Etiquette Signs Tell It Like It Is in NYC
At Reset we believe in better living through better information. Great signs can do a lot to help make our cities faster, smarter and better, which is why we created our Muni “Step Down” signs.
That’s why New York graphic designer Jay Shells is a Reset inspiration. Shells got tired of the rude manners of his fellow New Yorkers and decided to take matters into his own hands. Under the name Metropolitan Etiquette Authority, he created official-looking DIY etiquette signs around Manhattan that would make Emily Post proud.
Shells hopes the signs will draw attention to urban etiquette issues like saggy pants, cigarette-butt-flicking and NYPD horse poop. But the signs aren’t just about manners – they are also geared toward safety, like signs reminding people to pay attention while walking.
You can watch CNN’s interview with Jay Shells and see more of his signs here:
These signs are not Shells’s first attempt at a DIY campaign to make his city better. He previously posted hand-painted “Clean Up After Your Dog!” posters around New York City as part of his campaign to rid the city streets of dog poop. The posters even included biodegradable poop bags for people to use. The Metropolitan Etiquette Authority also surveyed 100 people about their worst pet peeves while riding the subway and then created 40 different hilarious “Subway Etiquette” signs that looked like official MTA service change announcement posters based on the responses. The signs cover all sorts of ills committed by commuters (something we tackled with our Muni survival kit) such as noise pollution, hygiene, seating priority, use of stairs, physical contact and nail clipping, to name a few.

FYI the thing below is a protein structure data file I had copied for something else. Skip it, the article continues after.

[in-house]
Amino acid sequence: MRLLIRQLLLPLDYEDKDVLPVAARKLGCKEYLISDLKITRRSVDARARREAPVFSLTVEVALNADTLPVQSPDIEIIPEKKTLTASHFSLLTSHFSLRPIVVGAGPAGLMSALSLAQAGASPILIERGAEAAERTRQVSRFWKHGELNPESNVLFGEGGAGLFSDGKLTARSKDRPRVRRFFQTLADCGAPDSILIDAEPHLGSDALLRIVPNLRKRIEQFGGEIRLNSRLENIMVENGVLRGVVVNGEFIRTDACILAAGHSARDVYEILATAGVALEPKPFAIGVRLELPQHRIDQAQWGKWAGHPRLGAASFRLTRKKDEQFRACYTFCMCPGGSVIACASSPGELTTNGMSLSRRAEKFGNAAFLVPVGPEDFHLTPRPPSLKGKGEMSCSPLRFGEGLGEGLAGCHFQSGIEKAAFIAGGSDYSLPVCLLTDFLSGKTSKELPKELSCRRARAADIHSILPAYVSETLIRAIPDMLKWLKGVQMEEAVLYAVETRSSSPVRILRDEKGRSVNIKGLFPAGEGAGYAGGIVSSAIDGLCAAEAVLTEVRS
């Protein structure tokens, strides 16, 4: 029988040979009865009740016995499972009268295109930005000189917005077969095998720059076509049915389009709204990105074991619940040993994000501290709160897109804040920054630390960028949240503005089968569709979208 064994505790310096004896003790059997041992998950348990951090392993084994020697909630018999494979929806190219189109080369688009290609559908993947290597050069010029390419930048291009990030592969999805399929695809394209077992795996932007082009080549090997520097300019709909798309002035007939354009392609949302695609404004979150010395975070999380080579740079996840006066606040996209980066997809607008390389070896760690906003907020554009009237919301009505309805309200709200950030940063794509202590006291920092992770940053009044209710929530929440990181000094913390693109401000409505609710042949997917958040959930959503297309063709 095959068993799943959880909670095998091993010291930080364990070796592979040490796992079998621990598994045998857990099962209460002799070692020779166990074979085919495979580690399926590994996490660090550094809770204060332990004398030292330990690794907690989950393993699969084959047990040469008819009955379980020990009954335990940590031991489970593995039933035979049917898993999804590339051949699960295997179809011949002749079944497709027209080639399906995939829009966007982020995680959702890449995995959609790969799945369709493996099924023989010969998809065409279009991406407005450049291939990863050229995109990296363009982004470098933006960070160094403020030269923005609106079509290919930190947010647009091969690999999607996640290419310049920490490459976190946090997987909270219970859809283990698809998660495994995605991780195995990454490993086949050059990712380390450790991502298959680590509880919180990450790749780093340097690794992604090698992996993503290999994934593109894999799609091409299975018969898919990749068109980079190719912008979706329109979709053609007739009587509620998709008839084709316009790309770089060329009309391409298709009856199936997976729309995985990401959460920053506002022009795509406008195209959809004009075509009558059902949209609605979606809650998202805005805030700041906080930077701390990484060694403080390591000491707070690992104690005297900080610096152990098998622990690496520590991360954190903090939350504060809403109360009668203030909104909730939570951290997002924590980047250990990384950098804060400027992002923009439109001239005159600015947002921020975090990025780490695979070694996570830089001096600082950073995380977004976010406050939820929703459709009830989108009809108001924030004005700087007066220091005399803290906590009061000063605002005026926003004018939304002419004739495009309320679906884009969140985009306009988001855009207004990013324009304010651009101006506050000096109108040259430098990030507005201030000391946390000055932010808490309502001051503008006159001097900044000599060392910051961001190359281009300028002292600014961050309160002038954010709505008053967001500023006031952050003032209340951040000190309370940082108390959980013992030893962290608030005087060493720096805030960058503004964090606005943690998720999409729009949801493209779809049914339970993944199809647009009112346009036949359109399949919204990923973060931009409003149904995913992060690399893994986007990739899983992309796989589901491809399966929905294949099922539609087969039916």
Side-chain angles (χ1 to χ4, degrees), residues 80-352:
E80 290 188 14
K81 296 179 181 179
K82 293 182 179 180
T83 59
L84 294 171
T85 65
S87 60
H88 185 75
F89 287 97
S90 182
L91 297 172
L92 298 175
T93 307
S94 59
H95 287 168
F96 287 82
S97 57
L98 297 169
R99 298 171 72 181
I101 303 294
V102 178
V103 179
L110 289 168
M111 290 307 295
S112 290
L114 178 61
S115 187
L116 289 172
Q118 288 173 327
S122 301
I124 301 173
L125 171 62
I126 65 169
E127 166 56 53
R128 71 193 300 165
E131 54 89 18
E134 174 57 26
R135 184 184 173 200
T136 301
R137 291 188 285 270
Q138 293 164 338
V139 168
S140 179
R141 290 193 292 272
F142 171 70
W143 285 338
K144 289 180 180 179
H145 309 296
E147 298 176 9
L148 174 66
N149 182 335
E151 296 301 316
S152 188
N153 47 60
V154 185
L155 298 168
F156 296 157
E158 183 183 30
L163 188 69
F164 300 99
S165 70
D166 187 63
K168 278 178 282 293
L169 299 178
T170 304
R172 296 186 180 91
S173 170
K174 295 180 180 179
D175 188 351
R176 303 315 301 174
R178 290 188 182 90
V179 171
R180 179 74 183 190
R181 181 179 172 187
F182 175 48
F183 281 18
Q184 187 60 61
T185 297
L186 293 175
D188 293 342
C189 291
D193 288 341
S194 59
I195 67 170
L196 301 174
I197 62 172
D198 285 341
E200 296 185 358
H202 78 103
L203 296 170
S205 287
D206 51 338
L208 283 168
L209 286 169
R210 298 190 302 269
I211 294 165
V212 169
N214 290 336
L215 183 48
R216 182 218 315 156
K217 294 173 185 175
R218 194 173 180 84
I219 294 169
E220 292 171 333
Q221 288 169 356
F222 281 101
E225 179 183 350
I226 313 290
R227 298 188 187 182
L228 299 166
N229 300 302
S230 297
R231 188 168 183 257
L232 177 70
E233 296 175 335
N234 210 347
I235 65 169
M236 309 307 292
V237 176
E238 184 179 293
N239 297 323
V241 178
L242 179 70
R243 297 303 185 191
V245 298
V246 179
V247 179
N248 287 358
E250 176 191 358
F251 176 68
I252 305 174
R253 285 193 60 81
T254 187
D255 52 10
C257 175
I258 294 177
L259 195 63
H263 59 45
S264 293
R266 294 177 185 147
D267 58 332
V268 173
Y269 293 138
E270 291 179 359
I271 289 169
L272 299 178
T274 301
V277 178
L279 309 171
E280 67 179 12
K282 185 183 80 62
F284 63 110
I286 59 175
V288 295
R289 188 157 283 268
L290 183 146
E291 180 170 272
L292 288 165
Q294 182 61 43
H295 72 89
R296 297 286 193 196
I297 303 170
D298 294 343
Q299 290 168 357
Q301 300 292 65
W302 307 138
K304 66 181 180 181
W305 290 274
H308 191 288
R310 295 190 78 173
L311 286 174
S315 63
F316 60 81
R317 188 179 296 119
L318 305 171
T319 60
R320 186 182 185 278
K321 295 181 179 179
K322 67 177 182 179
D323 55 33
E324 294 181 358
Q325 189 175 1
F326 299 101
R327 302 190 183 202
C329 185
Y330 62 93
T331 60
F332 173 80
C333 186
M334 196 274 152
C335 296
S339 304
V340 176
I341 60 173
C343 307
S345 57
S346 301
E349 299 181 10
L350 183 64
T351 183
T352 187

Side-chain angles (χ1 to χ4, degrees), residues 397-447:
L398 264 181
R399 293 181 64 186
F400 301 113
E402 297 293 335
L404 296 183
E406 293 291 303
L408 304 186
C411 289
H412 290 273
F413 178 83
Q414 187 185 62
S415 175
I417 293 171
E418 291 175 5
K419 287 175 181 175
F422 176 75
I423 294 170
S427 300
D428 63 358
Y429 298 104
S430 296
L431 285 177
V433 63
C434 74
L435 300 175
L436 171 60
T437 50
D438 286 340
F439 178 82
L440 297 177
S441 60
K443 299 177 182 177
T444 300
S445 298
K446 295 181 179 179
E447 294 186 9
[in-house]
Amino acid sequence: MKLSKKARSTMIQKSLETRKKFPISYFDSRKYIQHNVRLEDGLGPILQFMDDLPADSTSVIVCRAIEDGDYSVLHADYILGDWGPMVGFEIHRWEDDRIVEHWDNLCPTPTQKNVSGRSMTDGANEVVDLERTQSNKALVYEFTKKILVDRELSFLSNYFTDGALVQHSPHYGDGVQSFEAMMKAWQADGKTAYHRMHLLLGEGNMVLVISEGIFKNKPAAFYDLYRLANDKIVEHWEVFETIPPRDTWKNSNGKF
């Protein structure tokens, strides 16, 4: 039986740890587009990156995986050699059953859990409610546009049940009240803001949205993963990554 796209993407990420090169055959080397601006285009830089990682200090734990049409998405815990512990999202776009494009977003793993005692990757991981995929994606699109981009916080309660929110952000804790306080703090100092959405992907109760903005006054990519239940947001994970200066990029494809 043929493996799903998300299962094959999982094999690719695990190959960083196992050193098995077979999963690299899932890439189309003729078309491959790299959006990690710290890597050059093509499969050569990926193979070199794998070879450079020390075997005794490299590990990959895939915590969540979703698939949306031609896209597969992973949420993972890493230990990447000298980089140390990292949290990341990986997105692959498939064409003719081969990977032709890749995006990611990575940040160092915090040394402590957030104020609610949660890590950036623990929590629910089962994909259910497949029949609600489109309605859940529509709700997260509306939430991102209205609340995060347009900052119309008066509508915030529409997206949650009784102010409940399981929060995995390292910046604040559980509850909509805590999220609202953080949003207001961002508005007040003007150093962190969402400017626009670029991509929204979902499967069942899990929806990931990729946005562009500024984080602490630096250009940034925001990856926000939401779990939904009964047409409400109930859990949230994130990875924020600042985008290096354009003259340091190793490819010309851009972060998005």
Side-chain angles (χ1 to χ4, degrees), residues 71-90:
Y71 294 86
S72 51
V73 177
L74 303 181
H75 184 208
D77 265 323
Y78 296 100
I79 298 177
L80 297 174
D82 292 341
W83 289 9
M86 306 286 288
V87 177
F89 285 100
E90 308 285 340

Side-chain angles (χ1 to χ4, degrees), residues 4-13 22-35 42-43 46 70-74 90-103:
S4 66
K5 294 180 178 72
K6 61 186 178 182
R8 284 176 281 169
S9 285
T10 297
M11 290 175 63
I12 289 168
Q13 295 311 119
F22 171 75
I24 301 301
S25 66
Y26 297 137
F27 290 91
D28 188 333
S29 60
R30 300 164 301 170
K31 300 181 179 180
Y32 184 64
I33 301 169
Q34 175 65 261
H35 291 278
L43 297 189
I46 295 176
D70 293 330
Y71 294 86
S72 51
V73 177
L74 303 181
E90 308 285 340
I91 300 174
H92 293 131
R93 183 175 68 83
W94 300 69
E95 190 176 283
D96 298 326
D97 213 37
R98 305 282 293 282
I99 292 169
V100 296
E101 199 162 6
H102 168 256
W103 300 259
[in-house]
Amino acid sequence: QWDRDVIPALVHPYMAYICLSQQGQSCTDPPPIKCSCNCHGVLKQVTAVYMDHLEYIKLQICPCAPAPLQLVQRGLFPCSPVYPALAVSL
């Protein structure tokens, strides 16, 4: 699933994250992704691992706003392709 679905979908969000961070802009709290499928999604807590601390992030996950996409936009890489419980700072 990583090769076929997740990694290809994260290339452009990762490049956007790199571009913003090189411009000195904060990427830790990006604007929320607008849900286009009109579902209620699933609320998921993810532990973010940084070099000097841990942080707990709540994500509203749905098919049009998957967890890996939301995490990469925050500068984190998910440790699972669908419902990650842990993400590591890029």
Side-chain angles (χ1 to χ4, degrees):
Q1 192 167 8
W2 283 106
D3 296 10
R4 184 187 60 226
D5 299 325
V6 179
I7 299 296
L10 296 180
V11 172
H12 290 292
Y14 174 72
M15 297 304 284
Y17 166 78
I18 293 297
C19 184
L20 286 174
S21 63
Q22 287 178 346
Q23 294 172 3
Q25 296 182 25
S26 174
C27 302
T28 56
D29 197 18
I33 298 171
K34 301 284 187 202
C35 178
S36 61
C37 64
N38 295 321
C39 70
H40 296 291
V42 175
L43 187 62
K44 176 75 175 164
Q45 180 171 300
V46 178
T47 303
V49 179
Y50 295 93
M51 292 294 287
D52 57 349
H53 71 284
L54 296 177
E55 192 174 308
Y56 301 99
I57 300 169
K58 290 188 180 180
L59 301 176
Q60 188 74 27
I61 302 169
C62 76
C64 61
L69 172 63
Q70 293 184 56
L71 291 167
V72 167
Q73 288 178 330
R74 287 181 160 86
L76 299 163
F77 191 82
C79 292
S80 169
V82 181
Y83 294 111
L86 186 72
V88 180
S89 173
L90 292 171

The manner signs have been placed randomly, with some attention to putting a sign geared toward proper disposal of cigarette butts in front of restaurants and hotels, where the problem seems most pervasive. Shells says the signs are, “All meant to improve life. Everybody seems to get a kick out it.”
If you could put signs like this in your neighborhood, what would you have them say? Let us know.